The University Singers, Chamber Singers, U of M Men’s and Women’s Choruses perform music that celebrates the acoustic splendor of the Cathedral of St. Paul. Kathy Saltzman Romey and Matthew Mehaffey, conductors.
This event is free and open to the public. Tickets are not necessary, seating is general admission and available on a first come, first seated basis.
VocalEssence 50th anniversary season will feature a performance at the Cathedral of St. Paul
“Music for a Grand Cathedral”; 2 p.m. Oct. 28; Cathedral of St. Paul: The St. Olaf Choir joins VocalEssence for Vaughan Williams’ Mass in G minor.
Planning is under way for the 2018 Festival of Lights to be held on Thursday, October 4, 2018. This date was chosen for its proximity to the 100th anniversary of the death of Archbishop John Ireland and our 2018 Festival of Lights will celebrate the man who made the Cathedral possible. Some surprises are in store, so look for special announcements and more information in he coming months.
The Festival of Lights serves as the major fundraiser for the Cathedral Heritage Foundation, the only entity charged with restoring, preserving and enhancing the Cathedral of Saint Paul.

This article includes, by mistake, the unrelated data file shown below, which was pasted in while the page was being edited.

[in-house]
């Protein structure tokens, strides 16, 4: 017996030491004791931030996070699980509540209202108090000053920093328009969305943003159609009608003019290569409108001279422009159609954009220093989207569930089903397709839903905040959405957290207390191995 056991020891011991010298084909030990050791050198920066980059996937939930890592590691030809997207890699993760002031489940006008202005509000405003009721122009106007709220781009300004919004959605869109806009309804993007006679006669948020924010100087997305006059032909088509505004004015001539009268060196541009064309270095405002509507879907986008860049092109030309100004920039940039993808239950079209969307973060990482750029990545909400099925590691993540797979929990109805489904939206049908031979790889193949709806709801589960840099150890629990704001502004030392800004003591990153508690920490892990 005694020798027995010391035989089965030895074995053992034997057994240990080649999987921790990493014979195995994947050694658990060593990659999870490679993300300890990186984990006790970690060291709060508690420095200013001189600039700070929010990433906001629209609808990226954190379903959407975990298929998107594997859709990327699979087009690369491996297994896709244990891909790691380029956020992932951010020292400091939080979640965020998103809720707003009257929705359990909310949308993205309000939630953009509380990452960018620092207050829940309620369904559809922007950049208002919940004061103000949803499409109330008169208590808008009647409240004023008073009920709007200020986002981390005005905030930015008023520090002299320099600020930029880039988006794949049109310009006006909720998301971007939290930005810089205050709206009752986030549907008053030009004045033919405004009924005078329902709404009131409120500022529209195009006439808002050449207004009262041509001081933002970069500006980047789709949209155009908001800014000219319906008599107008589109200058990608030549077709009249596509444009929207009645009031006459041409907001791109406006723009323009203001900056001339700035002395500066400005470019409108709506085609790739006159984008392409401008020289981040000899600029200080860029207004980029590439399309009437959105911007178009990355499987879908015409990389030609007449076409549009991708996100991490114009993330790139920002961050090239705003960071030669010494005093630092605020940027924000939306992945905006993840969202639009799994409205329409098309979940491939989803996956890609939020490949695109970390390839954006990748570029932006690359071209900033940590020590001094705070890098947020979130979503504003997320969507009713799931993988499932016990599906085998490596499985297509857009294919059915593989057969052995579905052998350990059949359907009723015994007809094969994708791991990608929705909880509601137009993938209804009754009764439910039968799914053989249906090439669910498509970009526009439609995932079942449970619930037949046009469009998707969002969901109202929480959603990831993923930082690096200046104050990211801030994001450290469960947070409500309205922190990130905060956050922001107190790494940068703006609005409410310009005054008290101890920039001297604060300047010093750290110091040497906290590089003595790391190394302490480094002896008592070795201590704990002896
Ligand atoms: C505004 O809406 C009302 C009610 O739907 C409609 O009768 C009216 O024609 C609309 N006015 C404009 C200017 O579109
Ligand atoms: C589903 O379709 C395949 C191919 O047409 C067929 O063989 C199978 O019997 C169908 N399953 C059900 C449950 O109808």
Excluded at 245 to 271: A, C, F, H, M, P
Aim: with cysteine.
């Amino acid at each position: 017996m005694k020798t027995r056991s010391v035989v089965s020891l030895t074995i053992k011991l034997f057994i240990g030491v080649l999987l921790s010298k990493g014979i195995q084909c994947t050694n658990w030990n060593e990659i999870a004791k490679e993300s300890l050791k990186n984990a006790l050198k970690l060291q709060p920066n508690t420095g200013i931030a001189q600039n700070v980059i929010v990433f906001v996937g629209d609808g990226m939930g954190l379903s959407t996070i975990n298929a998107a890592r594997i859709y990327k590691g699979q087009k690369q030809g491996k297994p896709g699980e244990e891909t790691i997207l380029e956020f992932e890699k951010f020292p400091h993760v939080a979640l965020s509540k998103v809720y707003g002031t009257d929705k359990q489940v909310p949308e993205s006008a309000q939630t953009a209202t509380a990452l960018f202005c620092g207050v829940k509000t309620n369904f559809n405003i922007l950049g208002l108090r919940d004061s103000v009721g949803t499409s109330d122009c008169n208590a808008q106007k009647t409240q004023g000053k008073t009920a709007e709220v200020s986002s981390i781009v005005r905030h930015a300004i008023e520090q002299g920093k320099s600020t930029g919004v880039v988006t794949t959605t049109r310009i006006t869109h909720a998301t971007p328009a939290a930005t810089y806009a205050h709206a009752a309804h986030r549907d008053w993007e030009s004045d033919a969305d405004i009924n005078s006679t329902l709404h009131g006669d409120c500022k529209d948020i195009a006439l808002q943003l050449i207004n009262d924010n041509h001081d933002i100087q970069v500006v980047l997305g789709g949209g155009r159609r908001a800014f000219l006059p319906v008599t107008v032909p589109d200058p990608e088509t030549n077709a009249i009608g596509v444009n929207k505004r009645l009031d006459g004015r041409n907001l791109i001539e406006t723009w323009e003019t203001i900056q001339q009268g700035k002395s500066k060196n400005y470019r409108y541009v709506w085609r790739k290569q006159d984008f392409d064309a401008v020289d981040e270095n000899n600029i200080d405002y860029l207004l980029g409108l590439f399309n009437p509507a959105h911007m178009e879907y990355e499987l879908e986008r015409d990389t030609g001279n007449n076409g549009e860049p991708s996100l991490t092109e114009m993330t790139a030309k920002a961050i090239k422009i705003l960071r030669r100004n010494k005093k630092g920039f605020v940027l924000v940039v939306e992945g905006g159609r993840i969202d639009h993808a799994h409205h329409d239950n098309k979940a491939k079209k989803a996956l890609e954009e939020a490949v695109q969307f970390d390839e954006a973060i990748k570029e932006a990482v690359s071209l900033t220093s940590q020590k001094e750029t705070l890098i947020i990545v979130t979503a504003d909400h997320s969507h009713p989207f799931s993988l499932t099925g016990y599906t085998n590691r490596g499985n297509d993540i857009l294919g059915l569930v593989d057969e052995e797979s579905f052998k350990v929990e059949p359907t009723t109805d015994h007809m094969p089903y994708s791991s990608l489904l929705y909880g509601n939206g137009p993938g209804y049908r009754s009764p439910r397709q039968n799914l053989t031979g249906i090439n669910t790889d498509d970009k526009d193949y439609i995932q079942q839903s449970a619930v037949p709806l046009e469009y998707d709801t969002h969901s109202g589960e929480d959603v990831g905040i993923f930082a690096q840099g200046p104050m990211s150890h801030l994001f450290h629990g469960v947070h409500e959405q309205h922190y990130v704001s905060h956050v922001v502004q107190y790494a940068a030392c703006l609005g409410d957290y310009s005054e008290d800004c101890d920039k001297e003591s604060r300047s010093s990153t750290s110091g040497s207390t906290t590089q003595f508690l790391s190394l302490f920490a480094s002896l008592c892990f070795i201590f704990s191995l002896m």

This celebration will require many minds, hands, and hears as well as funding to bring it to fruition. If you are interested in helping, contact Quinn@dowellmgmt.com or call 651-300-6590.
In 1841 as Father Lucien Galtier’s pioneer parishioners installed a 3-foot cross on the roof of the new log chapel they named “St. Paul,” the young French priest also planted a seed of faith, which during the next 175 years would grow into the largest of plants: the parish of the Cathedral of St. Paul.
The chapel, located on the Mississippi river bluff in what is now downtown St. Paul, fostered the Catholic faith and also served as a catalyst for the capital city of the same name to develop around it. The story of the faithful who populated the new chapel, diocese and city of St. Paul inspires present-day Catholics and residents of the city, which narrowly escaped being named Pig’s Eye.
“It was the beginning of the city of St. Paul,” said Mark Labine, president of the Arden Hills-based French-American Heritage Foundation of Minnesota and author of, “In the beginning, there was a Chapel.” “The city grew up around the chapel. …They built this little log chapel, and it became a cathedral and a school and a hospital, and the name of the city and the name of the capital of Minnesota.”
Full Story about the Cathedral History